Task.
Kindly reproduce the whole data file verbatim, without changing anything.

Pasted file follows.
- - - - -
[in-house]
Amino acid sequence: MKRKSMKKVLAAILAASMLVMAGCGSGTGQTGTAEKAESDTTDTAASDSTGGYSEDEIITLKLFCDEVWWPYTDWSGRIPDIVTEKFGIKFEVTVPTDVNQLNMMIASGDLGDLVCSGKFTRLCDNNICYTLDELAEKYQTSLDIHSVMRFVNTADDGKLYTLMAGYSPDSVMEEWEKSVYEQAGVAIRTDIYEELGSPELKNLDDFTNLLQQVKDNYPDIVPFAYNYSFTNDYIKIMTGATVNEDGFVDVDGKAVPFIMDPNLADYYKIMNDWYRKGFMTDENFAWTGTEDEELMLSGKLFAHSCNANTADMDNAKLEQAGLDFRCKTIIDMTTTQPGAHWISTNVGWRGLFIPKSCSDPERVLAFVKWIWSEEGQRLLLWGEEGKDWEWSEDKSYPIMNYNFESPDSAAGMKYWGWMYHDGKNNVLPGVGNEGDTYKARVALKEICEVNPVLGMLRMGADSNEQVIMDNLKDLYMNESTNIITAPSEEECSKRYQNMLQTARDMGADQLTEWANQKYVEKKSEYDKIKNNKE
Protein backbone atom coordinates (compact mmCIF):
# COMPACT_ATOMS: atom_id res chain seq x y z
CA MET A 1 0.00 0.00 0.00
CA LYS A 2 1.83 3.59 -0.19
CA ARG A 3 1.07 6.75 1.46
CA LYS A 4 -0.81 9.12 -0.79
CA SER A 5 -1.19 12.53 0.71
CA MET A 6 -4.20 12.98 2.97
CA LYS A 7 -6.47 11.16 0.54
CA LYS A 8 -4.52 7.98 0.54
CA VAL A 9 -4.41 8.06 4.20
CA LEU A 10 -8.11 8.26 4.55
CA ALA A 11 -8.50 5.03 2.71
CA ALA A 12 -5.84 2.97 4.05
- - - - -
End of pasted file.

[in-house]
Amino acid sequence: MKRKSMKKVLAAILAASMLVMAGCGSGTGQTGTAEKAESDTTDTAASDSTGGYSEDEIITLKLFCDEVWWPYTDWSGRIPDIVTEKFGIKFEVTVPTDVNQLNMMIASGDLGDLVCSGKFTRLCDNNICYTLDELAEKYQTSLDIHSVMRFVNTADDGKLYTLMAGYSPDSVMEEWEKSVYEQAGVAIRTDIYEELGSPELKNLDDFTNLLQQVKDNYPDIVPFAYNYSFTNDYIKIMTGATVNEDGFVDVDGKAVPFIMDPNLADYYKIMNDWYRKGFMTDENFAWTGTEDEELMLSGKLFAHSCNANTADMDNAKLEQAGLDFRCKTIIDMTTTQPGAHWISTNVGWRGLFIPKSCSDPERVLAFVKWIWSEEGQRLLLWGEEGKDWEWSEDKSYPIMNYNFESPDSAAGMKYWGWMYHDGKNNVLPGVGNEGDTYKARVALKEICEVNPVLGMLRMGADSNEQVIMDNLKDLYMNESTNIITAPSEEECSKRYQNMLQTARDMGADQLTEWANQKYVEKKSEYDKIKNNKE
Protein backbone atom coordinates (compact mmCIF):
# COMPACT_ATOMS: atom_id res chain seq x y z
CA MET A 1 0.00 0.00 0.00
CA LYS A 2 1.83 3.59 -0.19
CA ARG A 3 1.07 6.75 1.46
CA LYS A 4 -0.81 9.12 -0.79
CA SER A 5 -1.19 12.53 0.71
CA MET A 6 -4.20 12.98 2.97
CA LYS A 7 -6.47 11.16 0.54
CA LYS A 8 -4.52 7.98 0.54
CA VAL A 9 -4.41 8.06 4.20
CA LEU A 10 -8.11 8.26 4.55
CA ALA A 11 -8.50 5.03 2.71
CA ALA A 12 -5.84 2.97 4.05